I’m a third year law student who has seen professors implement similar lateness policies during my time in law school. I remember in my first year there were issues similar to what you describe, with students not only coming in late, but also getting up during class to use the bathroom, check email on one of the public computer terminals, etc. It was, as you can imagine, quite distracting. In response to this, some professors implemented some quick-and-dirty solutions — I remember on class the professor basically told us, “don’t get up unless it’s an emergency.” Of course, that then begs the question of what constituted an emergency, but at the time I didn’t have enough legal training — or confidence — to challenge the the rule. So that was frustrating. But other professors have fared better. One of my professors actually wrote her lateness policy into the course syllabus, which I think was useful (it was nearly identical to the one you use). What was particularly interesting doing that was that it gave students something in writing to refer to if there wound up being a conflict in the future.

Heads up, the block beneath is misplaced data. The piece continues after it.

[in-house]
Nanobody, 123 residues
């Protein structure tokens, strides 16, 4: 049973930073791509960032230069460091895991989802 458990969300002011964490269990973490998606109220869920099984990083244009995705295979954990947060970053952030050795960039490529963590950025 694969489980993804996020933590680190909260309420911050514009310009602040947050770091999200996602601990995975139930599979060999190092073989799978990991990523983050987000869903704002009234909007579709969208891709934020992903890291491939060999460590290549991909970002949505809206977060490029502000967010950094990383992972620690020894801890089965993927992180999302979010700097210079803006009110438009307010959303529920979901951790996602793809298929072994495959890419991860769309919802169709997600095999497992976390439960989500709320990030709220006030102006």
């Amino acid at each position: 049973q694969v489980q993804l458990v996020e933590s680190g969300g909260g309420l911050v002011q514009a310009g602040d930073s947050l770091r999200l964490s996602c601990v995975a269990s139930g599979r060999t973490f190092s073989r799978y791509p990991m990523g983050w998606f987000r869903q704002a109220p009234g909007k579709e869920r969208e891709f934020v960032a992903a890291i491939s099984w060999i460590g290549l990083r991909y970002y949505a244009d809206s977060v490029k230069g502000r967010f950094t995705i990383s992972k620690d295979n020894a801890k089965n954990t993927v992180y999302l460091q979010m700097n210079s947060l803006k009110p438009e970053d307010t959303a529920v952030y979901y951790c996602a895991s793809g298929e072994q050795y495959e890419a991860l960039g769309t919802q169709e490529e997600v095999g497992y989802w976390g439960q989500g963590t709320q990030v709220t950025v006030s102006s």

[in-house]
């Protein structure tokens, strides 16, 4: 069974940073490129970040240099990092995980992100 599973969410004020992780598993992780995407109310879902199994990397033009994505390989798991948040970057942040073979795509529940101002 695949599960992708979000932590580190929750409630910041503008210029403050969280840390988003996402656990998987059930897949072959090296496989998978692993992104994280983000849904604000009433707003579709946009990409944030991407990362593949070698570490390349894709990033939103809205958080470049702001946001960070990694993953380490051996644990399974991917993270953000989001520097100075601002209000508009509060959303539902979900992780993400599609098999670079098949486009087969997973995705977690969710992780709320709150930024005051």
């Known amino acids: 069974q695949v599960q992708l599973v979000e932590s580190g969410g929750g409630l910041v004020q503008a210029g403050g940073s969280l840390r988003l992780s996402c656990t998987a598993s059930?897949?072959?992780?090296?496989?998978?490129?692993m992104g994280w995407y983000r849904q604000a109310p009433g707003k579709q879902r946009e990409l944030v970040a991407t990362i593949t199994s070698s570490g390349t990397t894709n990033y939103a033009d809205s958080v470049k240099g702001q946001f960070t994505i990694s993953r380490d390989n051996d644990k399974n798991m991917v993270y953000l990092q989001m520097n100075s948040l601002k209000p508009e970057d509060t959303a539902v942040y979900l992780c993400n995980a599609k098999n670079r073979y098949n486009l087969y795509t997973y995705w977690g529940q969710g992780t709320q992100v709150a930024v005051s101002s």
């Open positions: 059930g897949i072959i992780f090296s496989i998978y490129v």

So I guess what I’m driving at is that I don’t think you’re behind the times, and that it’s been my experience that a clear lateness policy that the class follows is actually quite beneficial for everyone in the class.

  2. Robert says:

    I include my attendance and tardiness policy in my syllabus: I don’t track either one, but I will try to make it hard to do well in the class unless they attend regularly and show up on time. Then I follow through by sprinkling key points early in lectures that won’t appear in the readings.

    I also work hard to try to keep my lectures interesting. It’s a two-way street: I want them to attend, I want them to show up on time, so I have to give them a reason why the lectures are better than sitting at home and reading the texts.

  3. No, it irritates students as well. Being one myself, nothing is more distracting than some idiot who thinks they are tough walking in 10 mins late.

  4. arthur says:

    Law schools should teach students that showing up on time is part of the job of being a lawyer. Lawyers who show up late, whether for a court hearing, a real estate closing, or a meeting, are less effective and cost their clients real money. Keep the penalties.

  5. phil ford says:

    I can’t imagine that a judge (or employer) would be very tolerant of lateness either. Better to have the rules in place and waive them at your discretion than crack down on trouble-makers after ‘they’ve gotten the message’ that their bad habits will be tolerated. Lateness is frequently passive-aggressive.

  6. Ereshkigal says: